A lot or a little?
The parents' guide to what's in this app.
What parents need to know
What's it about?
TBH is a simple social networking app that lets you answer fun, whimsical questions about your friends and collect gems (trophies) every time your friends select your name in answer to a question. Once you give access to your phone's contact list and location, you can select the high school or college you attend. Since there's no age verification, adults can join or kids can say they attend a school they don't. Ultimately, the app draws from your phone's contact list first and then offers other app users from the school second. You can invite friends, and then play a 10-question game where you decide which friend of four is most likely to live in a tent, eat a live bug, become the next president, etc. If you don't like the names offered as choices, you can shuffle to get different friends' names. Once the 10 questions are done, you wait through an hour-long timer before playing again; inviting a friend to join grants you another round. Players can submit their own poll question ideas and designate custom emojis to go with them, but the developer screens these questions to make sure content is appropriate. If chosen, a user can reply to the anonymous person who chose them in a direct message.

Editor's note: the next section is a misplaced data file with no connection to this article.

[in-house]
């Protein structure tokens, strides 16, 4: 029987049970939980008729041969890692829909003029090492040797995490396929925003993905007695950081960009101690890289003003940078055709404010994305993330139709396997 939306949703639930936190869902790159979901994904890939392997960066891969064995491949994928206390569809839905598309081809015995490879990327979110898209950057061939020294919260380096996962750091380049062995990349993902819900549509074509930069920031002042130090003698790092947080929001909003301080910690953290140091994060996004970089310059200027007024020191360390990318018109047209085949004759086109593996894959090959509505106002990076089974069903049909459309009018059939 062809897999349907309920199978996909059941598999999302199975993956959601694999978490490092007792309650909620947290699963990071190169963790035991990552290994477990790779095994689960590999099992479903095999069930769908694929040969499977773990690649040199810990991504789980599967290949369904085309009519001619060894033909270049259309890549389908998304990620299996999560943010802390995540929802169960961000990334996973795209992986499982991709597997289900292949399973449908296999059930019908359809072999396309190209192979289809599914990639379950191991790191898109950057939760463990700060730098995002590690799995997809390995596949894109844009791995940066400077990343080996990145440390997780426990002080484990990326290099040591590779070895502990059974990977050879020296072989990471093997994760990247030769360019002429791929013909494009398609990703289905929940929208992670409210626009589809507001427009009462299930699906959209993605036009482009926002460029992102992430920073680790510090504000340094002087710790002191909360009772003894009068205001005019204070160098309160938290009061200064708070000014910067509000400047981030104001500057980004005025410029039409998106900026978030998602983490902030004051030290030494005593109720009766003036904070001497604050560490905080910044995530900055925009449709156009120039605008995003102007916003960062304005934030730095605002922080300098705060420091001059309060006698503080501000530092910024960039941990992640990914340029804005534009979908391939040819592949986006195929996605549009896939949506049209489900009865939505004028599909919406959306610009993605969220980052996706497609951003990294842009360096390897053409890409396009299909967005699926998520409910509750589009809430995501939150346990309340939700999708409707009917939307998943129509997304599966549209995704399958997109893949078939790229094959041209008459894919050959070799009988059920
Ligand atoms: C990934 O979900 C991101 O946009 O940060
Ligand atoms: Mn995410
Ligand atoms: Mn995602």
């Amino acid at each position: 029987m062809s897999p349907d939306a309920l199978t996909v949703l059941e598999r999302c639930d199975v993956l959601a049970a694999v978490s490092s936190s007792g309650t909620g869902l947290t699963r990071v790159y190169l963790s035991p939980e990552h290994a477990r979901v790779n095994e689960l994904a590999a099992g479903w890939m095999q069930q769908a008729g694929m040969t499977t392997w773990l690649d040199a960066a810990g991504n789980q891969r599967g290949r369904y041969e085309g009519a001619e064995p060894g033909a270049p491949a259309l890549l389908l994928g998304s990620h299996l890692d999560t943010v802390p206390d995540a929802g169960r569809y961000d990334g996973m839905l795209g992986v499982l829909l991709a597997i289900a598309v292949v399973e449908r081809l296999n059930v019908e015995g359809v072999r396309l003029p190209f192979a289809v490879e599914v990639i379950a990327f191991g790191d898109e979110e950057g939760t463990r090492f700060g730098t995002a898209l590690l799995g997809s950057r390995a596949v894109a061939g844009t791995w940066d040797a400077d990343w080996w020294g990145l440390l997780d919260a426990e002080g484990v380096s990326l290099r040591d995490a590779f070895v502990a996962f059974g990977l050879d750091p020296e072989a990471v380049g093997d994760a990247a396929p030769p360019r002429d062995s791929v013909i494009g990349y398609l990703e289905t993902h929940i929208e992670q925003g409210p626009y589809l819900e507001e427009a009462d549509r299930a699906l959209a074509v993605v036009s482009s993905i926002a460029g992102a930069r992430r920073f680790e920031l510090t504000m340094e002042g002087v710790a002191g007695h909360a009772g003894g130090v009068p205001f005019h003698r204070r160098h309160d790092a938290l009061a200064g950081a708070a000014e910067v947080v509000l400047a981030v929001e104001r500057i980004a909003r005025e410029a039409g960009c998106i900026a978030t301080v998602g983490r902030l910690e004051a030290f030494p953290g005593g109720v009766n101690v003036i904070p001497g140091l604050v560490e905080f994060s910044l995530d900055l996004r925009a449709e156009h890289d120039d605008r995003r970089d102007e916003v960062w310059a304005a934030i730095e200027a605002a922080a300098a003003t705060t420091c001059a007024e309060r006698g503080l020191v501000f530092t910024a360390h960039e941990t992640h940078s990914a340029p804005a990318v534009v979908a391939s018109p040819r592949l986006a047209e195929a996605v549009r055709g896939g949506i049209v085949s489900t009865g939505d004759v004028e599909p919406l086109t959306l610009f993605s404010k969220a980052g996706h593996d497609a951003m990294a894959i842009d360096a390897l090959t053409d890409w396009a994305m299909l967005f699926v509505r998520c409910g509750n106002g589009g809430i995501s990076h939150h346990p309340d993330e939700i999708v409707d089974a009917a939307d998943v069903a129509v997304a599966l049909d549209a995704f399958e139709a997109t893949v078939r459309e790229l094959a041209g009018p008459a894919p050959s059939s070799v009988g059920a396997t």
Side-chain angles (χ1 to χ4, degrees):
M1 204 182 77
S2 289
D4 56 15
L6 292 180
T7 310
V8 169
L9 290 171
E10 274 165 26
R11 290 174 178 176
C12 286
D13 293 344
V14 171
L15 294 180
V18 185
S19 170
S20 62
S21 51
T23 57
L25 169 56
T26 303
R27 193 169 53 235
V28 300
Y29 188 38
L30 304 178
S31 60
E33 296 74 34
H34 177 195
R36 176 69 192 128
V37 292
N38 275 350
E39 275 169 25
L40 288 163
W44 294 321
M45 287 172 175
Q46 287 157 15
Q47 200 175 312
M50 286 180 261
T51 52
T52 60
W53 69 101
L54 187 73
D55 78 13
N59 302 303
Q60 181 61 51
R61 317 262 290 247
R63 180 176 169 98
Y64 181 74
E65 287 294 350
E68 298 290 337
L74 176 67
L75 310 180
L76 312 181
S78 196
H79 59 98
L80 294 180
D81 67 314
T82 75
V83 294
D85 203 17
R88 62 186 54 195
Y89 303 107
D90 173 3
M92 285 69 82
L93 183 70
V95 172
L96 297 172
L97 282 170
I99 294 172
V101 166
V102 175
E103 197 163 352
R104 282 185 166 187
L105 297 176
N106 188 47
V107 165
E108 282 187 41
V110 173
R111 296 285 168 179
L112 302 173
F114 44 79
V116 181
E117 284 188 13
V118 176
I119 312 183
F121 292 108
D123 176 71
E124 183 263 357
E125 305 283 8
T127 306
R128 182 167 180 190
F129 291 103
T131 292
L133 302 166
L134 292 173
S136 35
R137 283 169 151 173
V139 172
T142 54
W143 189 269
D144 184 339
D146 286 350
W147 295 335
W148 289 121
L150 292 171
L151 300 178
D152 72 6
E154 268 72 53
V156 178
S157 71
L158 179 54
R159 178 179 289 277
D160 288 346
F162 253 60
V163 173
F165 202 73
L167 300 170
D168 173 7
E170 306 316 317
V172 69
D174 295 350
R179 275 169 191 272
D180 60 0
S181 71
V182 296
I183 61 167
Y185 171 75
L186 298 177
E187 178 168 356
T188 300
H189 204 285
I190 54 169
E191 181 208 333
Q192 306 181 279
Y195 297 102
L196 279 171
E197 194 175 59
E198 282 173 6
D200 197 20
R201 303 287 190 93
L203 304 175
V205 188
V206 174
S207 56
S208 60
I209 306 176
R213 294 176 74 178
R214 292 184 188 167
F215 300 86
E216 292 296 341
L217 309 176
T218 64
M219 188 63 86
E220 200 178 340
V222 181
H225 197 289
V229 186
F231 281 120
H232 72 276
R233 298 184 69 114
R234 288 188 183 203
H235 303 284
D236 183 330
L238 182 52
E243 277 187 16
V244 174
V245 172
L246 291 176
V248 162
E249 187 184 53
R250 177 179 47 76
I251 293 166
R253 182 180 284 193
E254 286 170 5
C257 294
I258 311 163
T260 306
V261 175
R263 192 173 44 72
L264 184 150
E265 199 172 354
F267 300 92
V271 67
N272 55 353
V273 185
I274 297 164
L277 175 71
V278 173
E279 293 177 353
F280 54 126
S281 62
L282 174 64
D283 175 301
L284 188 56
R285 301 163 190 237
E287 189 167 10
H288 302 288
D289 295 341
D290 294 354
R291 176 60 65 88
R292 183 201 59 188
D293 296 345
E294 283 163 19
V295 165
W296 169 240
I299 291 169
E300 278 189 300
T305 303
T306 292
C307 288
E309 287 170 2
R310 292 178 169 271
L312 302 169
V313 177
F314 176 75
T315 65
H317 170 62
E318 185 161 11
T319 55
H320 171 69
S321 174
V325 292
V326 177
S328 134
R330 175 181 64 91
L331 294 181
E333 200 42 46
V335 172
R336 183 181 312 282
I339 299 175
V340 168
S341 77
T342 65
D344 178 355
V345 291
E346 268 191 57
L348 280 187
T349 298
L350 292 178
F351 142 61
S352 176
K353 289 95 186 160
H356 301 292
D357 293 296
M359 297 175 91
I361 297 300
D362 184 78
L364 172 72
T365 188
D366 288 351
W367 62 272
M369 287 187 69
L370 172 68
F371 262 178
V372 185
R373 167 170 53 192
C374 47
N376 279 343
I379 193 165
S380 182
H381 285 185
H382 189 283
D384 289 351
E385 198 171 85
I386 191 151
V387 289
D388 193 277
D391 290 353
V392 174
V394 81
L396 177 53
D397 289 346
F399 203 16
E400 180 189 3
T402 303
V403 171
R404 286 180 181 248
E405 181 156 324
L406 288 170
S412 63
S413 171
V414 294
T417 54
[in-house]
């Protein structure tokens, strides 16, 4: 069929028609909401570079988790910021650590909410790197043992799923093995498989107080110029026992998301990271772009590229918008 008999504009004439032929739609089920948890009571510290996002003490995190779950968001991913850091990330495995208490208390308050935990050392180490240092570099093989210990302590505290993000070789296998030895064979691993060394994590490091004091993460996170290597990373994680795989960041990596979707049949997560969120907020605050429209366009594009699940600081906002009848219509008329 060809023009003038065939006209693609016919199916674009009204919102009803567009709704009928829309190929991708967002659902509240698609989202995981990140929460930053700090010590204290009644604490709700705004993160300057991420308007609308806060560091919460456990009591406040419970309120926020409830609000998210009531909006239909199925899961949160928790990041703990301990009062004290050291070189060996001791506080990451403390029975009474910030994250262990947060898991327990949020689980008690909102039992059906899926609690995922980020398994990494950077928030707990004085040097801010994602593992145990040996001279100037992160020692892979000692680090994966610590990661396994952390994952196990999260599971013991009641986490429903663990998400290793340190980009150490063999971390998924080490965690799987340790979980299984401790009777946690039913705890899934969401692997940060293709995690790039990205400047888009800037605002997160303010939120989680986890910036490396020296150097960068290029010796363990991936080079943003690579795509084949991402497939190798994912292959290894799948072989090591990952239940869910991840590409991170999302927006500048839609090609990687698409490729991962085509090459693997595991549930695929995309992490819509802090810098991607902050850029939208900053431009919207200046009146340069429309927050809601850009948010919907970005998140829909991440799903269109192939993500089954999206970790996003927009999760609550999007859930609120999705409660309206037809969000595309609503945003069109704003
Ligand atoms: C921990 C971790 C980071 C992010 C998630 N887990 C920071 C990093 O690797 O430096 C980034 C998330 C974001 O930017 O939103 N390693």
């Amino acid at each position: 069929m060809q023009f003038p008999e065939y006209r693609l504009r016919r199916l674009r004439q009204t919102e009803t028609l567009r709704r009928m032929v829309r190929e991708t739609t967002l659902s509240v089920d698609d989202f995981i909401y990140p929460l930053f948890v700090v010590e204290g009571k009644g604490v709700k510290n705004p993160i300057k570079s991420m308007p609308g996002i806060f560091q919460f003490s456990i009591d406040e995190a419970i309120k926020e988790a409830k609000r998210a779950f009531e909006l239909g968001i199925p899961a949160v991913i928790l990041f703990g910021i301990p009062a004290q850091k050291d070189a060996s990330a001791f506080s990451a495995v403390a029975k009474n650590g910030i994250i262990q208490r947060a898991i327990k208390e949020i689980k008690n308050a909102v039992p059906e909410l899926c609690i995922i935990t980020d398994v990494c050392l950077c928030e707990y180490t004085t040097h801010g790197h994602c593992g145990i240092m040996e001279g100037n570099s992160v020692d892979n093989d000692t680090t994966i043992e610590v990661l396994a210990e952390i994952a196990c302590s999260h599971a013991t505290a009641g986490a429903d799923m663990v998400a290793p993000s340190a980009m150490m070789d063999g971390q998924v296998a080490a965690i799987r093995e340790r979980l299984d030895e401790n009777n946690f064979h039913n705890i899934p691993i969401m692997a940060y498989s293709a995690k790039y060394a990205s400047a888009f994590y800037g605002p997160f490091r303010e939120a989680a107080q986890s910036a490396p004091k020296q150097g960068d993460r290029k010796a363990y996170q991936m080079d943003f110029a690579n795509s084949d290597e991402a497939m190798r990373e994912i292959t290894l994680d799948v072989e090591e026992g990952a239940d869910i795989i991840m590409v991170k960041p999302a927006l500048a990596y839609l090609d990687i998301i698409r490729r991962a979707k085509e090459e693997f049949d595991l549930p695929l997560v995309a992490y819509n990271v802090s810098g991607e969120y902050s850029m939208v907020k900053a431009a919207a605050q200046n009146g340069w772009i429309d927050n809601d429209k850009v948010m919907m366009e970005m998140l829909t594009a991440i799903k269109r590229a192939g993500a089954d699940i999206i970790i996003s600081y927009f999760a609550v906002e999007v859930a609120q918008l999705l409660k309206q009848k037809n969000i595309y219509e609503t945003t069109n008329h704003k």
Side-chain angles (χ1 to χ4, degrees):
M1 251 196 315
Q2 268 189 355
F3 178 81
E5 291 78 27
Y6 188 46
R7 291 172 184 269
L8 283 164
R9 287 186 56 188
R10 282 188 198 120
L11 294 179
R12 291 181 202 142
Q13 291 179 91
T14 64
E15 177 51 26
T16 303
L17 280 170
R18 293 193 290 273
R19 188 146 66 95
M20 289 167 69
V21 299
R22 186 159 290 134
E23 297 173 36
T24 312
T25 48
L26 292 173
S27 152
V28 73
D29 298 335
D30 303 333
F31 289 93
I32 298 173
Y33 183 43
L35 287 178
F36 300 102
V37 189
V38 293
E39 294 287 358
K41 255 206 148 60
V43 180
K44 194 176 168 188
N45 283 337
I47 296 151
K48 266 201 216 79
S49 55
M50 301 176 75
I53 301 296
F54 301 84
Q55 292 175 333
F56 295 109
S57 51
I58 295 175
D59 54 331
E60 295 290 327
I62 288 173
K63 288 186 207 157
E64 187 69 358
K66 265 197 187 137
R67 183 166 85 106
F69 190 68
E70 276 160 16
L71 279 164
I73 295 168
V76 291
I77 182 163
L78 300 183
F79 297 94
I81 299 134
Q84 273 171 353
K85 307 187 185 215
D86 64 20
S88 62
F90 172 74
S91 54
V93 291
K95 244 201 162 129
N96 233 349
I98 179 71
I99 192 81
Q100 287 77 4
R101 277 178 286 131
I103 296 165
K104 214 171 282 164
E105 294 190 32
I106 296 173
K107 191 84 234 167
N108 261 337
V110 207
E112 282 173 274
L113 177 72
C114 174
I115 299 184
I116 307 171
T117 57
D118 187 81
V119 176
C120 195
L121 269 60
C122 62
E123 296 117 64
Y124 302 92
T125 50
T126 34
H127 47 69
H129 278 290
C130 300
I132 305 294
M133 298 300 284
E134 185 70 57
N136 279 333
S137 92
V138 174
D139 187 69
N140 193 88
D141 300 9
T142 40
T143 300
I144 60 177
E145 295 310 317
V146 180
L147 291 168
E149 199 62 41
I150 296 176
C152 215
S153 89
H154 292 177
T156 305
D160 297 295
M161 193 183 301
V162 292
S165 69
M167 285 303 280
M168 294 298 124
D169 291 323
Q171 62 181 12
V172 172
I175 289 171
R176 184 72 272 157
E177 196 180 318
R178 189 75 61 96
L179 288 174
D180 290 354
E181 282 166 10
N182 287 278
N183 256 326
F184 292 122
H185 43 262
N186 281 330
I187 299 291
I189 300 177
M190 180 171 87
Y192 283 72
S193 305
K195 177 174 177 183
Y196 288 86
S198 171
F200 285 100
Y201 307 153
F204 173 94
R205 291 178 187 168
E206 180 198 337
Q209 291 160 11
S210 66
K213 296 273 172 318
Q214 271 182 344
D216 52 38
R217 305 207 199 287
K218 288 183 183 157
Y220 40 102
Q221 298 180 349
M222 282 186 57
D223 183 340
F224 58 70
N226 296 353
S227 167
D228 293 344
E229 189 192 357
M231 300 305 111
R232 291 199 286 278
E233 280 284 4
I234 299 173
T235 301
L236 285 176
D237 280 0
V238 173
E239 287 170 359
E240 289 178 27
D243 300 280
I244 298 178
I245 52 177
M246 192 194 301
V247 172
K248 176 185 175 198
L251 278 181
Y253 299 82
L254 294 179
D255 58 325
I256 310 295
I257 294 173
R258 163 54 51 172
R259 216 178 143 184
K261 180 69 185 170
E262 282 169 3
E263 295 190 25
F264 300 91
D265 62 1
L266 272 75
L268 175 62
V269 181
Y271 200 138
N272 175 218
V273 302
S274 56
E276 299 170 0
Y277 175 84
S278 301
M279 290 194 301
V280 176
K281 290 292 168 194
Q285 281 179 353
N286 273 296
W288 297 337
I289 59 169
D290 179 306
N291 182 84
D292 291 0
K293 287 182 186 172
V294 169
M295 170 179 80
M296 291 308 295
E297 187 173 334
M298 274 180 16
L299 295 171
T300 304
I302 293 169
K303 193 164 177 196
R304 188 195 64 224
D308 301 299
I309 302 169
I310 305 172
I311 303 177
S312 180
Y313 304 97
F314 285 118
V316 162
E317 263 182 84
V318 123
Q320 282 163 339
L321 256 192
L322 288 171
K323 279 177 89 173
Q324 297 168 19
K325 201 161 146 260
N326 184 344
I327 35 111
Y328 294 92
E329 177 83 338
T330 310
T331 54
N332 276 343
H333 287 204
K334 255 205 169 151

Is it any good?
Instead of open-ended, anonymous comments, this app scripts fun feedback, but privacy concerns, a future chat function, and the possibility of off-road, meaner use are still concerns. In terms of functionality, the only weird thing about tbh is its contact search and friend finder. It can choose contacts you haven't talked to in years and fail to find the ones you actually care about, and the pull-down function to actually make a connection after selecting someone is confusing. As for appearance, the app couldn't be simpler: Questions appear on different colored screens -- questions designed to make people laugh or call out friends' interesting quirks.
Talk to your kids about ...
Families can talk about how social media can be used to spread positive, rather than negative, energy. How does an app like tbh fit into this equation?
Discuss anonymity within social networking. Does hiding your identity encourage good or bad behavior?
Think about how social networking can be used to encourage and help other people.
For kids who love social networking and kindness
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Common Sense Media's unbiased ratings are created by expert reviewers and aren't influenced by the product's creators or by any of our funders, affiliates, or partners.